Biologists have created a programmable living matter from bacteria

(ORDO NEWS) — The new technology makes it possible to grow colonies of artificial bacteria with a volume of several cubic centimeters.

It turns out a jelly-like substance of a certain shape, capable of performing the functions specified in the genome.

Biologists from Rice University (USA) have presented a technology for growing living material in the form of artificial bacteria capable of self-organization.

Scientists edit their genome for specific tasks, and then these bacteria, with the help of a special protein, reproduce themselves and line up in macroscopic structures. Previously, it was not possible to achieve such behavior from genetically modified bacteria.

The scientists used Caulobacter crescentus, a sickle-shaped bacterium that lives in freshwater lakes and streams, as a building block.

There is a protein in its genetic code that covers the membrane with a protective sheath like snake scales. The authors of the work modified this protein in such a way that it builds spatial structures filled with bacterial mass from “scales”.

It turns out a substance in the form of jelly or slime, which itself grows in a given form, like a tree or bone grows.

The growth rate is very high; in about a day, the population of genetically modified microbes increases by at least four orders of magnitude (10,000 times).

The process takes place in water: first, a thin film of bacteria forms on its surface, after which the vessel is constantly shaken to accelerate the growth of the mass. When it reaches the given shapes and sizes, the material sinks to the bottom and no longer grows.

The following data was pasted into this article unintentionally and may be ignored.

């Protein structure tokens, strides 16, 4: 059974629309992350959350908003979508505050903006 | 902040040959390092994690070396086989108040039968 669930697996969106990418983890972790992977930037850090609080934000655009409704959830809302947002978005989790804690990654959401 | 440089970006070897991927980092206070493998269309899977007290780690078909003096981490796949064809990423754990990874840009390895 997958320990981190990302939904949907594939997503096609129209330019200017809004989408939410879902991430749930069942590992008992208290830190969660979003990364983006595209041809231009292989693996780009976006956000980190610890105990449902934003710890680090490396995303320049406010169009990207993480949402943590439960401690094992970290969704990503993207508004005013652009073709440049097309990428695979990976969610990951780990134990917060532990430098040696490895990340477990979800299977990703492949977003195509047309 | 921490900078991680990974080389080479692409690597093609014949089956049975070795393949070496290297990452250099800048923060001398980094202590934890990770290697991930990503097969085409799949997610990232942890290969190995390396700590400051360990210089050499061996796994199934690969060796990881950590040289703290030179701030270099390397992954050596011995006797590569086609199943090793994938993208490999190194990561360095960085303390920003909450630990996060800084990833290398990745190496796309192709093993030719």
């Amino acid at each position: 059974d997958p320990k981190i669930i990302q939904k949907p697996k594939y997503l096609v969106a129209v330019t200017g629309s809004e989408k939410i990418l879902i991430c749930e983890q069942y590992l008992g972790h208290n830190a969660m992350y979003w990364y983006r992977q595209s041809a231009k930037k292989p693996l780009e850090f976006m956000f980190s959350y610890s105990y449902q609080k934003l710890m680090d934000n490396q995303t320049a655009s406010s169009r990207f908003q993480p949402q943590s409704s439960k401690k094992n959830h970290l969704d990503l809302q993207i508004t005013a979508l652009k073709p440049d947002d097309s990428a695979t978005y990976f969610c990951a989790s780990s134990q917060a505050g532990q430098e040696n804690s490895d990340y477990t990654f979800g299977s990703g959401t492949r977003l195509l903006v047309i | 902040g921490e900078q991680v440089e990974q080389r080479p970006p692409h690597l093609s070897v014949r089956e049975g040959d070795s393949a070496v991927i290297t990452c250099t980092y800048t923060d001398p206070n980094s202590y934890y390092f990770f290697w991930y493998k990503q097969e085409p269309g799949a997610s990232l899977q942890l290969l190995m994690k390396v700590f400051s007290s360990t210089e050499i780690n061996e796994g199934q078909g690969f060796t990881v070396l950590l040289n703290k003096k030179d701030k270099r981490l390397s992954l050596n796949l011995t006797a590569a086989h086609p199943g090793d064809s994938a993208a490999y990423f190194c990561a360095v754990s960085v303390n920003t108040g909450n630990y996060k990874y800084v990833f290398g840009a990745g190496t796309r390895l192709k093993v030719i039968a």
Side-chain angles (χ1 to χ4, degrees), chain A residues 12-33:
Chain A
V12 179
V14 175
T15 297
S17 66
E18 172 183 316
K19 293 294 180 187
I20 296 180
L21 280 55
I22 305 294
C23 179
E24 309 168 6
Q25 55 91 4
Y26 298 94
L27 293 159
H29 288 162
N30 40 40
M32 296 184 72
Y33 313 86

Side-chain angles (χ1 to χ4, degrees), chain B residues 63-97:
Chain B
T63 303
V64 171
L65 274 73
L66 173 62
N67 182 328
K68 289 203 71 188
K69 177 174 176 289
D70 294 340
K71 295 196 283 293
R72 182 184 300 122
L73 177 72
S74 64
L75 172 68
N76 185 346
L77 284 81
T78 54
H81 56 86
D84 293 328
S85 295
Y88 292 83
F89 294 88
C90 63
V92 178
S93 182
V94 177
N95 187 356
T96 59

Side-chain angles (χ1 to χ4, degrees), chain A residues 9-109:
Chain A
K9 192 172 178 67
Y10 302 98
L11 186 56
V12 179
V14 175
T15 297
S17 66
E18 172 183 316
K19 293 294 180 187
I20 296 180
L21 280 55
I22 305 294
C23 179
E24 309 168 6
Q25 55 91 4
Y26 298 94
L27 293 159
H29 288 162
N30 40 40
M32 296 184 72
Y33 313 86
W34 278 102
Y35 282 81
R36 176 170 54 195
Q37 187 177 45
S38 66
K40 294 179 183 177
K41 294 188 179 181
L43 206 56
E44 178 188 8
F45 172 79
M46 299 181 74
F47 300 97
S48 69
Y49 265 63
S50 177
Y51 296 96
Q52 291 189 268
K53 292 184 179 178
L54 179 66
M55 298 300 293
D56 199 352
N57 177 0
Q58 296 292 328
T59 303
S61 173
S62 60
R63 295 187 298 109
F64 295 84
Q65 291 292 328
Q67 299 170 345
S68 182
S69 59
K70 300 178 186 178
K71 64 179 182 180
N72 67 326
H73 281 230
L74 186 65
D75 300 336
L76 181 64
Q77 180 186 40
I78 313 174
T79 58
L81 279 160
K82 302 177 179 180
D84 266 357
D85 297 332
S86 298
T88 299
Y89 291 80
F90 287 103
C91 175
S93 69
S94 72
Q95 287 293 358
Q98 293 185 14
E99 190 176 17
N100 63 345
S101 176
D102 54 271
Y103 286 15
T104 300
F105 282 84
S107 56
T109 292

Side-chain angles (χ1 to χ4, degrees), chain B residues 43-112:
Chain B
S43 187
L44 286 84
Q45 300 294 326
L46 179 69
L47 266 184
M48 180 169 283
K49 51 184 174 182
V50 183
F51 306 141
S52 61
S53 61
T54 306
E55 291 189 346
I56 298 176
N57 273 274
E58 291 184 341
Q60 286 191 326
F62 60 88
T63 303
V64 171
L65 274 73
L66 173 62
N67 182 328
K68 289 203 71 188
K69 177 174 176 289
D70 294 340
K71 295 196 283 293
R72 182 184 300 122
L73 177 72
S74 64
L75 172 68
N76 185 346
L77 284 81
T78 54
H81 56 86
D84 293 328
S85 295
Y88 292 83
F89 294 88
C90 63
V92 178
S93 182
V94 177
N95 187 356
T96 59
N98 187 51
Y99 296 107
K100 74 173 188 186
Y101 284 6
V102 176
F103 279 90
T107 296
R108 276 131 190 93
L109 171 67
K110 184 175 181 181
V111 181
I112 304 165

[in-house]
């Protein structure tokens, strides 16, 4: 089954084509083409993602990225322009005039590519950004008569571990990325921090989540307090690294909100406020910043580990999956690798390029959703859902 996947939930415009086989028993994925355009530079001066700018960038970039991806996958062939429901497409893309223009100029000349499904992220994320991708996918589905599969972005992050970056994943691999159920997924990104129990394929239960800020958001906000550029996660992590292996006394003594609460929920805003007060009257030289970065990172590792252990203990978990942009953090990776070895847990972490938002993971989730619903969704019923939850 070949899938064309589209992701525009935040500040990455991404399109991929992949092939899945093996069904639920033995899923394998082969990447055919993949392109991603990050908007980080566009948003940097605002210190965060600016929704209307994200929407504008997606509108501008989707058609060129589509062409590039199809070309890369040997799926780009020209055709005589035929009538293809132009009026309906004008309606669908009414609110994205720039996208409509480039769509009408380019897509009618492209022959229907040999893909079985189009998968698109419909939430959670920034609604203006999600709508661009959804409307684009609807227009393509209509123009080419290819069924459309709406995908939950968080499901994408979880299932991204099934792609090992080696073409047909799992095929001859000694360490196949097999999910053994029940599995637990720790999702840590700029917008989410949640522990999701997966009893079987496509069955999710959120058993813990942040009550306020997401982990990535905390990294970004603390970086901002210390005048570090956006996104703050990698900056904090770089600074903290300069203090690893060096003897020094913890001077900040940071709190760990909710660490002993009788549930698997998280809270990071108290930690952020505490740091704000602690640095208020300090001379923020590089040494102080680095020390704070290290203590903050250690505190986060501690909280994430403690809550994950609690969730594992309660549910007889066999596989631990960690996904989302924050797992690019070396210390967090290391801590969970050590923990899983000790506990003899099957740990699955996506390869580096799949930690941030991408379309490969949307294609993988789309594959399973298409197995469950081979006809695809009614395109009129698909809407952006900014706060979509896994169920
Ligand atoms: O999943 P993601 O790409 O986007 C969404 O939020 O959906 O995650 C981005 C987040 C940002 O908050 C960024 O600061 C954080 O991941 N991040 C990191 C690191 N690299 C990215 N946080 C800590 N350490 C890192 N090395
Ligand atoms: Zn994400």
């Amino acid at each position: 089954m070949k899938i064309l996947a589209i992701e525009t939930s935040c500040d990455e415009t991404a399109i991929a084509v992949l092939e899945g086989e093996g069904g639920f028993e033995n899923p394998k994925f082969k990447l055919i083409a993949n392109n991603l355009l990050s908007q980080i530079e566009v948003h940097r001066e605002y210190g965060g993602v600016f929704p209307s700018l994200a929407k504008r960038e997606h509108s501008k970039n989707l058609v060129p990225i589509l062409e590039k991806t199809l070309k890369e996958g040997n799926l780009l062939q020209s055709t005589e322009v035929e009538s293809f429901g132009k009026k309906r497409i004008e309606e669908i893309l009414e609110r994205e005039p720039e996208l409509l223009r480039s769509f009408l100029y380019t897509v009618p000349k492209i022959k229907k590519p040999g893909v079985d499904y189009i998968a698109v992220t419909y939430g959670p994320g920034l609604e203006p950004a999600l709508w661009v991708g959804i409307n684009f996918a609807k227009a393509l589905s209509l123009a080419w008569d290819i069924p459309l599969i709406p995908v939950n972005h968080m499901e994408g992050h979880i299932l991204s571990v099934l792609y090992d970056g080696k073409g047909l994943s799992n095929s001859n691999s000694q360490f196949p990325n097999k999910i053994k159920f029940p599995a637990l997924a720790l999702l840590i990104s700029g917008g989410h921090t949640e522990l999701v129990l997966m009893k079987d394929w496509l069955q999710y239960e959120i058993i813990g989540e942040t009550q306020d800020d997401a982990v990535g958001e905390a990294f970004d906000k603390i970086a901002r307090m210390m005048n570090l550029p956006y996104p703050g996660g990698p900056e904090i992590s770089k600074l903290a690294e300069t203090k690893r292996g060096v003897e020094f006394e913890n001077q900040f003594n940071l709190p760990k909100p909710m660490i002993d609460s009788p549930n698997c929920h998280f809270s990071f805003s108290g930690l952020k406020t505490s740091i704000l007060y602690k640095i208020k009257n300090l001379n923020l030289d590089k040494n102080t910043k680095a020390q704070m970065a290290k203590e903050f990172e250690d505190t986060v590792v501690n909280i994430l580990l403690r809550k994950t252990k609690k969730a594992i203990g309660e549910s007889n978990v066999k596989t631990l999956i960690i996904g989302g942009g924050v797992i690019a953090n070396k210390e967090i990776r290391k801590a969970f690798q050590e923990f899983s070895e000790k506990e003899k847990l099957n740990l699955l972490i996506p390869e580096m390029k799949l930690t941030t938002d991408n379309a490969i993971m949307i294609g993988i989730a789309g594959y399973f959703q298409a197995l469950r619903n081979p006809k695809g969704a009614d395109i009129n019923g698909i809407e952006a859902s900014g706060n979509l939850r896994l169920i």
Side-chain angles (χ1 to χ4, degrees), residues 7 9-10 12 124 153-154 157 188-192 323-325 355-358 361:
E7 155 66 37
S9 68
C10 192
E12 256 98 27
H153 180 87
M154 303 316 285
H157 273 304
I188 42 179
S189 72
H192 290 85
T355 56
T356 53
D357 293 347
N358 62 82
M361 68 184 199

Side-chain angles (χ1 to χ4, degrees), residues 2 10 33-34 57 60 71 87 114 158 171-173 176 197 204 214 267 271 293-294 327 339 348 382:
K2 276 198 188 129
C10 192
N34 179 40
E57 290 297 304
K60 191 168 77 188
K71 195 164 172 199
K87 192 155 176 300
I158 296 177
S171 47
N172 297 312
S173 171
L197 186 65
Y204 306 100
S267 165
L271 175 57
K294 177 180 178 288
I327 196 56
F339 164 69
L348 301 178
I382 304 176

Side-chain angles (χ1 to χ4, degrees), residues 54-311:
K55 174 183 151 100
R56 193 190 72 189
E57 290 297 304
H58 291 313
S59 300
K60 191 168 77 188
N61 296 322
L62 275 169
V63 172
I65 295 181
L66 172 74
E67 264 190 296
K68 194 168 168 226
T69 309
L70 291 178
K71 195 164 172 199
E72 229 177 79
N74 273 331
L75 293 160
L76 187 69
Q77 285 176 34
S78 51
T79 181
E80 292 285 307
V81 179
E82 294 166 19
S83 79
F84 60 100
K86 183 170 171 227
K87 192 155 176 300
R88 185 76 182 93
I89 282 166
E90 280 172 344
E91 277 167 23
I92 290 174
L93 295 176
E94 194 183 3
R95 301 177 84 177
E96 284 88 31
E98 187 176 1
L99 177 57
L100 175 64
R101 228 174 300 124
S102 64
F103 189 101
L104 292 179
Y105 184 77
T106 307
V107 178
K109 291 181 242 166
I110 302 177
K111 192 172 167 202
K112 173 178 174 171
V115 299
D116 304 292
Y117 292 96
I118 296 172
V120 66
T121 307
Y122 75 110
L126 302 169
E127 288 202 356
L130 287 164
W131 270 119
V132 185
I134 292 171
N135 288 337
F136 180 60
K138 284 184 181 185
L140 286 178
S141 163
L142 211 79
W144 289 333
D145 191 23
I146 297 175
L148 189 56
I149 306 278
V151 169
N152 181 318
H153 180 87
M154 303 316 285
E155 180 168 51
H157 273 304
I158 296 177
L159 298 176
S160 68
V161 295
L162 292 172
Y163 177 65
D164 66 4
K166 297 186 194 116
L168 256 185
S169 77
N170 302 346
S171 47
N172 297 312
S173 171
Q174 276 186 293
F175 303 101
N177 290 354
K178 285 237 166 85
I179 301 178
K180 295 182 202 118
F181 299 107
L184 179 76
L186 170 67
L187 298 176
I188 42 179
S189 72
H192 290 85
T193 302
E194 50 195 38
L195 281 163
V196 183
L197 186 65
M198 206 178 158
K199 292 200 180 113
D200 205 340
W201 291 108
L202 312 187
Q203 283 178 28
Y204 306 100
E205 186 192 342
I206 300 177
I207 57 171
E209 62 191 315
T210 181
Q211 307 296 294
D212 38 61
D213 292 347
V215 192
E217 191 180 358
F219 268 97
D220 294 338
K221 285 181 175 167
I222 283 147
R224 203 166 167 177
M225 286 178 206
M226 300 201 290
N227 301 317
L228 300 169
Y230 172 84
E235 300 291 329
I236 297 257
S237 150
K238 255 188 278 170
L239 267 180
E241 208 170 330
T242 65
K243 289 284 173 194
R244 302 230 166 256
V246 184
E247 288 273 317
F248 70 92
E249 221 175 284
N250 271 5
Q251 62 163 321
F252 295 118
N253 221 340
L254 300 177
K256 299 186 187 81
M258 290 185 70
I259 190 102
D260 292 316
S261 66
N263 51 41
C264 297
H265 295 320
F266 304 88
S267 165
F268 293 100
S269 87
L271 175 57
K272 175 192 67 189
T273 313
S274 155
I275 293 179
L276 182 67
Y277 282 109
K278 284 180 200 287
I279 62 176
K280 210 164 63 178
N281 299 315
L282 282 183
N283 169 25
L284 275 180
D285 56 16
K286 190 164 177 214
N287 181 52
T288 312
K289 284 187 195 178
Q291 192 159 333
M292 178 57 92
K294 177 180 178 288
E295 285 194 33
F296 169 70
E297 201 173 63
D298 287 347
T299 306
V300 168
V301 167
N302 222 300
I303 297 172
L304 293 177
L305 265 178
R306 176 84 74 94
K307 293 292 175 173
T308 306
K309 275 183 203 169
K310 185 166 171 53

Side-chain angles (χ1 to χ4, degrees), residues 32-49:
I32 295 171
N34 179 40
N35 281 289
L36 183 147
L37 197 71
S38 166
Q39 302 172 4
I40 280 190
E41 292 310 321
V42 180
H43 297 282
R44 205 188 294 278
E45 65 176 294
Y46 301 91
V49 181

Biologists have created a programmable living matter from bacteria 2
The process of growth of living materials and the resulting samples

Scientists have thus created a number of samples of living matter of various forms and purposes. One of them absorbed cadmium from solution, successfully playing the role of an absorbent.

Another experiment showed that the grown material can be used as a catalyst for biochemical reactions, for example, for the accelerated oxidation of glucose. This opens up the possibility for programmable purification of water bodies from pollution and poisons.

In general, according to researchers, living sensors , medicinal substances, bioelectronic devices and other useful things can be grown from such matter . Or create building materials that can independently restore and maintain a given shape.

A separate plus of the resulting living matter is its stability. The test showed that samples can be stored for weeks in a simple jar on a shelf at room temperature. That is, the transportation of the grown material to its destination does not require special insulating and cooling equipment.

Scientists hope that this will allow programmable living matter to quickly conquer the market, but everyday use is still far away, as the technology needs to be improved. The researchers’ immediate goal is to test whether their approach will work on other bacteria.


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